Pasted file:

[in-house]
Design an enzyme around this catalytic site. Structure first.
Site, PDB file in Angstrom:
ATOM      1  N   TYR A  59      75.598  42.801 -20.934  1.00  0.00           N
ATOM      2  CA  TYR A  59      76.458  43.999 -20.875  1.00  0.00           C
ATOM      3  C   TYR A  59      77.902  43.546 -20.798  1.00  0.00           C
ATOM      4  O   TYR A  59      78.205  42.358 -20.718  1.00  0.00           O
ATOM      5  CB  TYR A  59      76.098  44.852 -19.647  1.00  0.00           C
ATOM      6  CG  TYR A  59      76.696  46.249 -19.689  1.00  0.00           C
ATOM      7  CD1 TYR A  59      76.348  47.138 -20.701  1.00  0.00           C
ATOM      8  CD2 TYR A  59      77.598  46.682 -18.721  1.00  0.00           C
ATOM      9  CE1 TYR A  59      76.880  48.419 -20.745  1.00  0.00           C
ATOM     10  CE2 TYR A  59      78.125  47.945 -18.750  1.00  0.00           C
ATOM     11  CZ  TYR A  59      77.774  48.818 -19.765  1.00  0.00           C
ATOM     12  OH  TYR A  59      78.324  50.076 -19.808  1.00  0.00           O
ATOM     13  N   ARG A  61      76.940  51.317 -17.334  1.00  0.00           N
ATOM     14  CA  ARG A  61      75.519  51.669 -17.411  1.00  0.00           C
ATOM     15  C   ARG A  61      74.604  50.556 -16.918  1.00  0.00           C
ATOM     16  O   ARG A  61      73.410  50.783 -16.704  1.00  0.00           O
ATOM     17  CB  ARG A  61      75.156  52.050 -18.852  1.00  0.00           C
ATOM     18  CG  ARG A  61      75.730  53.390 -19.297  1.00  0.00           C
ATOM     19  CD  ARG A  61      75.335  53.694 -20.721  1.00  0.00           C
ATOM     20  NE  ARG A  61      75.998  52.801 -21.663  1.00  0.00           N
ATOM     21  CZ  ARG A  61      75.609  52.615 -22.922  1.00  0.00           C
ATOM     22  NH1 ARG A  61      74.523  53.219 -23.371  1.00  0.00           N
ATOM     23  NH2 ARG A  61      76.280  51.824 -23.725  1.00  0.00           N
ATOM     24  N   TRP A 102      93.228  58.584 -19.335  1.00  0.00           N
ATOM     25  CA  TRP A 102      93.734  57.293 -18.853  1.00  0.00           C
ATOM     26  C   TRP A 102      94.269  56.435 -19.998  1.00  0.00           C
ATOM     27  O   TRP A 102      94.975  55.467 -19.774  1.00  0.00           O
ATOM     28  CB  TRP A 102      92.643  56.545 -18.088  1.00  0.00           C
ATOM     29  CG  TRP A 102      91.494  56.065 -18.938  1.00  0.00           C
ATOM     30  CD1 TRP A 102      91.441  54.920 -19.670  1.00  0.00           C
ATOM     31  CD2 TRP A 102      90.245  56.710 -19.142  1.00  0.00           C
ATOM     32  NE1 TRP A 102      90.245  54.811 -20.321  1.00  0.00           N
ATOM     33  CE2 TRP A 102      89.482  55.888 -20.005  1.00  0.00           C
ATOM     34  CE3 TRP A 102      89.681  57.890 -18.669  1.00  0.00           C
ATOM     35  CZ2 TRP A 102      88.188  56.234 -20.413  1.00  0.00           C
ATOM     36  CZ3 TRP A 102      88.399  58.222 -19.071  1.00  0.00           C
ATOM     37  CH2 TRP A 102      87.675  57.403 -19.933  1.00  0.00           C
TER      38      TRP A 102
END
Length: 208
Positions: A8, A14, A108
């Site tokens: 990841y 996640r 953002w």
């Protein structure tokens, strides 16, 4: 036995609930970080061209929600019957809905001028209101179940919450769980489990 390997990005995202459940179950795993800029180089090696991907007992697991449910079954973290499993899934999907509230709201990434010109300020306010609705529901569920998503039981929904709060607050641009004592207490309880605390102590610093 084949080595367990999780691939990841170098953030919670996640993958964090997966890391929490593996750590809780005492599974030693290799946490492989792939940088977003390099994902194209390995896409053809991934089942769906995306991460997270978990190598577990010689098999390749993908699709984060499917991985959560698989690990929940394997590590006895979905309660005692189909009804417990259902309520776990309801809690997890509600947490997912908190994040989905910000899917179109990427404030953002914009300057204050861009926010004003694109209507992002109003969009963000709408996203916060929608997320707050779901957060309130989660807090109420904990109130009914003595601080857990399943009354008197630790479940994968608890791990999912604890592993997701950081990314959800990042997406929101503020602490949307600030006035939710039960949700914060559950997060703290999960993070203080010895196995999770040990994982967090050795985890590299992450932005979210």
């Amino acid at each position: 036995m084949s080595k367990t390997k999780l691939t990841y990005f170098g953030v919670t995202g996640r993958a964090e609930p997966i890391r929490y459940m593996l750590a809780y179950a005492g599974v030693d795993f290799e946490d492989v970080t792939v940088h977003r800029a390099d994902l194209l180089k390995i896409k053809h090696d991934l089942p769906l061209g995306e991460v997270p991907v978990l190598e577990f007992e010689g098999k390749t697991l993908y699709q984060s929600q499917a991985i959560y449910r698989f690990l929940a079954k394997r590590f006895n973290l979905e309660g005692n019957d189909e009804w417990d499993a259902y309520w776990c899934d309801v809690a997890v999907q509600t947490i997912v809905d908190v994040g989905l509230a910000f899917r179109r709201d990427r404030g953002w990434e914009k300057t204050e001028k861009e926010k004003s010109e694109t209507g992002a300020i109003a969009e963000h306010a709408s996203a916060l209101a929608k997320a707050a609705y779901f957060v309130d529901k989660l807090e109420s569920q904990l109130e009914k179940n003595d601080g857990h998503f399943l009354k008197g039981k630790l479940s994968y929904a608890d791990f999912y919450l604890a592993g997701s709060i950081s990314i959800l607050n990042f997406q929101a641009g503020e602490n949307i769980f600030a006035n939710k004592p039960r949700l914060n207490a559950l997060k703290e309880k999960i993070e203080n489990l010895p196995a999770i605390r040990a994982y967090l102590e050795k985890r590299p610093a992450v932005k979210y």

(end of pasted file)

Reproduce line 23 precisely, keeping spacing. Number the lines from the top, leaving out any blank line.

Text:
ATOM     20  NE  ARG A  61      75.998  52.801 -21.663  1.00  0.00           N